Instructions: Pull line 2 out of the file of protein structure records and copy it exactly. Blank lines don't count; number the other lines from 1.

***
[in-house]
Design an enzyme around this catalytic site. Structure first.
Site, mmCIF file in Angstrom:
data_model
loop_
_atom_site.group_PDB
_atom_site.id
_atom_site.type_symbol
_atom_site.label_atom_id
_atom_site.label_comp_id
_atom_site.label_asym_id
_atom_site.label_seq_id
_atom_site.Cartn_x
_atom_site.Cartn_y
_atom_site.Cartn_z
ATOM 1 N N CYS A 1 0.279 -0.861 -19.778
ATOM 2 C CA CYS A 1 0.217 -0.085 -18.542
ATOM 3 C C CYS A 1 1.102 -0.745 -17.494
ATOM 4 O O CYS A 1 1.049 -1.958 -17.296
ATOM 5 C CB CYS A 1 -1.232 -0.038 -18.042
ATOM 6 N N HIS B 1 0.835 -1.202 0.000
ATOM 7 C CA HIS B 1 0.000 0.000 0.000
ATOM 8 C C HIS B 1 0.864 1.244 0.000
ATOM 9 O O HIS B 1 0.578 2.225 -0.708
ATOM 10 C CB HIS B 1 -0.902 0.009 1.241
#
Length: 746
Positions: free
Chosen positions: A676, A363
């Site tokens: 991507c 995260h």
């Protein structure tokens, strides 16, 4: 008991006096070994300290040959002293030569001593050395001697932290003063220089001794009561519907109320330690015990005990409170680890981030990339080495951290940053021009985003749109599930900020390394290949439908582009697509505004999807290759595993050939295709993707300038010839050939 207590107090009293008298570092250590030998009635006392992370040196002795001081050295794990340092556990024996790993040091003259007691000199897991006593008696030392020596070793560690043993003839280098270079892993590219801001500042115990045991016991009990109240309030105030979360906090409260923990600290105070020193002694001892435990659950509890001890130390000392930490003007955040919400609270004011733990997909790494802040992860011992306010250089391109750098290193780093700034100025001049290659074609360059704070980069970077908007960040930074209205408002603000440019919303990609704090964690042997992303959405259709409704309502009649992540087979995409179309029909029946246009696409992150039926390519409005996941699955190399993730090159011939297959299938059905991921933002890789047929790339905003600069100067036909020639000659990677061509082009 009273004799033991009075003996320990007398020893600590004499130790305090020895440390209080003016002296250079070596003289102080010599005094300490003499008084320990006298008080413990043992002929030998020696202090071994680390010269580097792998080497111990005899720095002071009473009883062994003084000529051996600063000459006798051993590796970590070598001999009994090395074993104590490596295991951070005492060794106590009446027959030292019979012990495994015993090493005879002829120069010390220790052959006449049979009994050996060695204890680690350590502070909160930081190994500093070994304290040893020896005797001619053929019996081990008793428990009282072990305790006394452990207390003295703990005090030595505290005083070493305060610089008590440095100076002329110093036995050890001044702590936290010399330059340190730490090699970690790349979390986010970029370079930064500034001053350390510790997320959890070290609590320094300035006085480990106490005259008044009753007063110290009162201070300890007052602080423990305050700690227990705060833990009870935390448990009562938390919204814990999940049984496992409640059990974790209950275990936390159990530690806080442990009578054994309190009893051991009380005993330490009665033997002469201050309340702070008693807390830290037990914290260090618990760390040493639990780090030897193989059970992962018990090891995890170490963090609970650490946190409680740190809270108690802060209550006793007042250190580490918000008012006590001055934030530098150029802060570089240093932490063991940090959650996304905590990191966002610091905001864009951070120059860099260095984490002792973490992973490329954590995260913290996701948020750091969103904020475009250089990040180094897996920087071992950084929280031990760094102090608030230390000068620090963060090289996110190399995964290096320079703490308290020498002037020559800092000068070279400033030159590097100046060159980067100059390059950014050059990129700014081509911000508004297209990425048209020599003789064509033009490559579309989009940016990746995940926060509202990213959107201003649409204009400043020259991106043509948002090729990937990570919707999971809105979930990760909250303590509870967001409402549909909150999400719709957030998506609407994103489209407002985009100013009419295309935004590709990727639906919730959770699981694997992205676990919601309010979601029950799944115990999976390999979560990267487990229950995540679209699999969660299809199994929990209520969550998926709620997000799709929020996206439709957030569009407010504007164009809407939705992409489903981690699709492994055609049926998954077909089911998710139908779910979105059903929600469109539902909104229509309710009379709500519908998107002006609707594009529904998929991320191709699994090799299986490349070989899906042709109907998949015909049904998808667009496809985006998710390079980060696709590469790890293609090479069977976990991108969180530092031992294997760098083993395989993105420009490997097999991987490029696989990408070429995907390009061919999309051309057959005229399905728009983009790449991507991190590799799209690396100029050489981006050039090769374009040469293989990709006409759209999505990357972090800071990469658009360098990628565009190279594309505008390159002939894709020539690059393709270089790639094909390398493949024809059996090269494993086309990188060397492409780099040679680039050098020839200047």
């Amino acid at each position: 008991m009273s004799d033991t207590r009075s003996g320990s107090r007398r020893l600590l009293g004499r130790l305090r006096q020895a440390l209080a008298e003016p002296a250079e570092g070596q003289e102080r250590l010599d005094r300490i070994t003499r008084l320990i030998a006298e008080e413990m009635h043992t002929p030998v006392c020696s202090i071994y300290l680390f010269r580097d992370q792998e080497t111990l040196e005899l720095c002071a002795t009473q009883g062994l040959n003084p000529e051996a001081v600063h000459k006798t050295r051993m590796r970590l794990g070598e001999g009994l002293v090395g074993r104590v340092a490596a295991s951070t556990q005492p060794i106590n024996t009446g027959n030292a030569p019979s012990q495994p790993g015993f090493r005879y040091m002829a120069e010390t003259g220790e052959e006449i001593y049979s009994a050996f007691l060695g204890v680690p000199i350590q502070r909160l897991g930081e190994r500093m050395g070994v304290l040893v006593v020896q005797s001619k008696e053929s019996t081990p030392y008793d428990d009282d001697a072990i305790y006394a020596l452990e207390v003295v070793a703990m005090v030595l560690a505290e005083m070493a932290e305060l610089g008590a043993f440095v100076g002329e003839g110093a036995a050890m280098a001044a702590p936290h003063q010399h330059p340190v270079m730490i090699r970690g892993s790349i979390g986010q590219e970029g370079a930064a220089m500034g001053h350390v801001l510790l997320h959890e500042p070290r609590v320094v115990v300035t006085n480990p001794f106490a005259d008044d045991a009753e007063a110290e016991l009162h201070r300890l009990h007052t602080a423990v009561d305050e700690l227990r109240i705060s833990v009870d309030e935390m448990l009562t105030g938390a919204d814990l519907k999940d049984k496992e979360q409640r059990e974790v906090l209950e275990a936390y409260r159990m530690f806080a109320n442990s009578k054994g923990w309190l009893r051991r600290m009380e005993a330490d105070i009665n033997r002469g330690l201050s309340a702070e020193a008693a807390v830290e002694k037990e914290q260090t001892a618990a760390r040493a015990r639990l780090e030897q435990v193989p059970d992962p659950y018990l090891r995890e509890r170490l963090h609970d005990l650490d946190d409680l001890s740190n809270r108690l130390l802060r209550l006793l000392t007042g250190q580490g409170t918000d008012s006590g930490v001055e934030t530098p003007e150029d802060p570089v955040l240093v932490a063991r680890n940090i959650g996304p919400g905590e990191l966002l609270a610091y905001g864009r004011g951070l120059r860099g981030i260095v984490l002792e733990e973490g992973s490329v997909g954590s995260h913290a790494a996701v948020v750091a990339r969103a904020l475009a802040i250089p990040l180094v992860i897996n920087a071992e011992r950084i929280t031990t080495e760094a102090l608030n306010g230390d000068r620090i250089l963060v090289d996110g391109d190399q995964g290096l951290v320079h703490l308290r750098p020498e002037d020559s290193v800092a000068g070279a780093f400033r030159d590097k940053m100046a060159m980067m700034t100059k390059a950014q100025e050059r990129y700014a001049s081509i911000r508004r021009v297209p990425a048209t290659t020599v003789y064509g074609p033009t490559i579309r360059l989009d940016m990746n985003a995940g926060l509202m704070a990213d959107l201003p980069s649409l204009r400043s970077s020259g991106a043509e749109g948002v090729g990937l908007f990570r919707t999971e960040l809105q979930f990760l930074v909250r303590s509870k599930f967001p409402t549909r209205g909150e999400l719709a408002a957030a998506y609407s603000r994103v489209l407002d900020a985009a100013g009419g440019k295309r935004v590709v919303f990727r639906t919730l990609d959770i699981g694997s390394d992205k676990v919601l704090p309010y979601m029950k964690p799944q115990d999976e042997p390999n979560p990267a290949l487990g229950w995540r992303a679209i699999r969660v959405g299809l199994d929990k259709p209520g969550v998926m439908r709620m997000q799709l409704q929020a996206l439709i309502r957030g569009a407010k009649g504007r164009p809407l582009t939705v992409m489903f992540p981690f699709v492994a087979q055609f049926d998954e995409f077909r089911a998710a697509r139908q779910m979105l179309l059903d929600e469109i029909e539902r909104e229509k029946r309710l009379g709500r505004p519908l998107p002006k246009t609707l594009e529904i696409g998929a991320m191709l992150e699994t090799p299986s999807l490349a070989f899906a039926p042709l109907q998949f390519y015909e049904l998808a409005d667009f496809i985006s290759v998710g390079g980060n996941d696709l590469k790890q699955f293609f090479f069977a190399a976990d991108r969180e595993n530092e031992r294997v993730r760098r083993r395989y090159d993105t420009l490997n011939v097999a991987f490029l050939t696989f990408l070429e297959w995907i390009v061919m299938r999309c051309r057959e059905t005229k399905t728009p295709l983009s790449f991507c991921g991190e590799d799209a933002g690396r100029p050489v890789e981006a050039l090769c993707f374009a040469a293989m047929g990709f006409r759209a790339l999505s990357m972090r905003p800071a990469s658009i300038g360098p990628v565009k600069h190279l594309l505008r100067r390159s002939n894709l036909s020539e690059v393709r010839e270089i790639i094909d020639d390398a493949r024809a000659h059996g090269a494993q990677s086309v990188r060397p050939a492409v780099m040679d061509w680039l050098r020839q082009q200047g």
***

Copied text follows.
Design an enzyme around this catalytic site. Structure first.